If you are injured and the driver or the vehicle is uninsured, you can still recover damages from ICBC. There is a special uninsured motorist fund that provides coverage for damages up to $200,000.
Who can claim?
Anyone who is injured by an uninsured motorist on a highway in BC can claim against this fund. Even if you do not reside in BC, or you live here but you do not pay insurance, you can still make a claim. However, if you are not a BC resident, your claim cannot exceed the amount of uninsured motorist coverage that you would have in your home province or state.
There are two main conditions: (1) the accident must happen on a “highway” in BC (this includes almost any public road), and (2) the accident must not qualify as a hit & run, i.e. you must have some information identifying the driver and/or owner of the vehicle.
Uninsured vs. Breach of Policy
It is important to distinguish an uninsured motorist from an insured motorist who is in breach. If someone driving an uninsured vehicle hits you, that is an uninsured motorist claim. However, if the owner of an insured vehicle hits you and is found to have breached his/her insurance, you have a claim against an insured motorist who is in breach. If the vehicle is insured but the driver or owner is in breach, you can still claim against the full policy. However, if the driver or vehicle is uninsured, your claim is against ICBC’s uninsured motorist fund.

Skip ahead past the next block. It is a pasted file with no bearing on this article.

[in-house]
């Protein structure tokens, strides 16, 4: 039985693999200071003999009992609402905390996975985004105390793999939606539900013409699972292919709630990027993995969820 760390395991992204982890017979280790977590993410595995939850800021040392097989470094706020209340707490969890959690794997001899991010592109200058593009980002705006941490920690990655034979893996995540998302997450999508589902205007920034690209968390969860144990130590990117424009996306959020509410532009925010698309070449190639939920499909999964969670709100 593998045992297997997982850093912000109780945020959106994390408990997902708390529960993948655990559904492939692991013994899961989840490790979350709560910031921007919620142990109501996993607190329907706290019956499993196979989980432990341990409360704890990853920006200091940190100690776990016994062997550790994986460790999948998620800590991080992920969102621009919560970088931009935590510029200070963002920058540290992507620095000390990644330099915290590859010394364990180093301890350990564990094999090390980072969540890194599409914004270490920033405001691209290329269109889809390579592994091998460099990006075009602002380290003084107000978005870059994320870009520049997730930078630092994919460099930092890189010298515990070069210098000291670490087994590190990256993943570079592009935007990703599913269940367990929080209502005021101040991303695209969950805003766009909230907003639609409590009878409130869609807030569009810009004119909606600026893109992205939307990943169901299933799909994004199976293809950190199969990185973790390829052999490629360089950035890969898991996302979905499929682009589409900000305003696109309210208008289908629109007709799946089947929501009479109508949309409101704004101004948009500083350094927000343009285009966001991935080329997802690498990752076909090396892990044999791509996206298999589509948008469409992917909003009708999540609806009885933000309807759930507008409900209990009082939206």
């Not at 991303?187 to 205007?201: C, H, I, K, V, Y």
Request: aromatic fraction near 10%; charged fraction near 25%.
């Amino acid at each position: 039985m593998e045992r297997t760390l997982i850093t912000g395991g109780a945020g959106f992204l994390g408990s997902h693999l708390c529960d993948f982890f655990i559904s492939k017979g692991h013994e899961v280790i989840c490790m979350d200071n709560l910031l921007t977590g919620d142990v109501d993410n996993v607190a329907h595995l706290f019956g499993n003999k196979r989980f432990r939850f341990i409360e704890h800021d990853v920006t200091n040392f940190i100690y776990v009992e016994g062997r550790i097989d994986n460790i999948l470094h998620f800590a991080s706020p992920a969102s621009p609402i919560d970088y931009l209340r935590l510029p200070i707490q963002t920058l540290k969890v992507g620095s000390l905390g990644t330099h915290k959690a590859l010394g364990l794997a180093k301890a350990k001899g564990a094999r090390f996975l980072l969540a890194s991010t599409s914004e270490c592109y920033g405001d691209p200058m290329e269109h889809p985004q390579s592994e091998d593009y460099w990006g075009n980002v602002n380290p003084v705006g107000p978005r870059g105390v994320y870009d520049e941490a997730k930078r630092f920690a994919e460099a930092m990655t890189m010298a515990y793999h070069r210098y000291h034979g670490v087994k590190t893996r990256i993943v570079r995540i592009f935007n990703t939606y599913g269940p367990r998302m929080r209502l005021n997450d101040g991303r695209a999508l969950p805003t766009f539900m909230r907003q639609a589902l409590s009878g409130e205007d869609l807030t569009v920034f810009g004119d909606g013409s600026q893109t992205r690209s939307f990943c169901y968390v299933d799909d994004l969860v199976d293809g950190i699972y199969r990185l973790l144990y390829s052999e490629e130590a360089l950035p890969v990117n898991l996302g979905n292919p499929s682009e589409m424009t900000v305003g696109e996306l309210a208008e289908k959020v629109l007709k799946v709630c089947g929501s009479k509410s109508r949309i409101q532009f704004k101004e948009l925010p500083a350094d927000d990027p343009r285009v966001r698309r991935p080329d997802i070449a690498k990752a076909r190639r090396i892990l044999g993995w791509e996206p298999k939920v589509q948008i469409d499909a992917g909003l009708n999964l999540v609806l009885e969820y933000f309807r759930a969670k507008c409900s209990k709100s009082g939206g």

Notify ICBC in writing
If you are injured by an uninsured motorist, you must notify ICBC in writing. This is done by submitting a form, called a CL42. Although there is no specified time limit, you should submit this as soon as possible once you learn that the driver or vehicle was uninsured. If you do not notify ICBC, any steps you take (including settling the claim) may not be binding on ICBC.
Deductions from the $200,000
If you are entitled to EI benefits, other government benefits, or have received WCB benefits, ICBC may deduct those benefits from the $200,000 payable out of the uninsured motorist fund.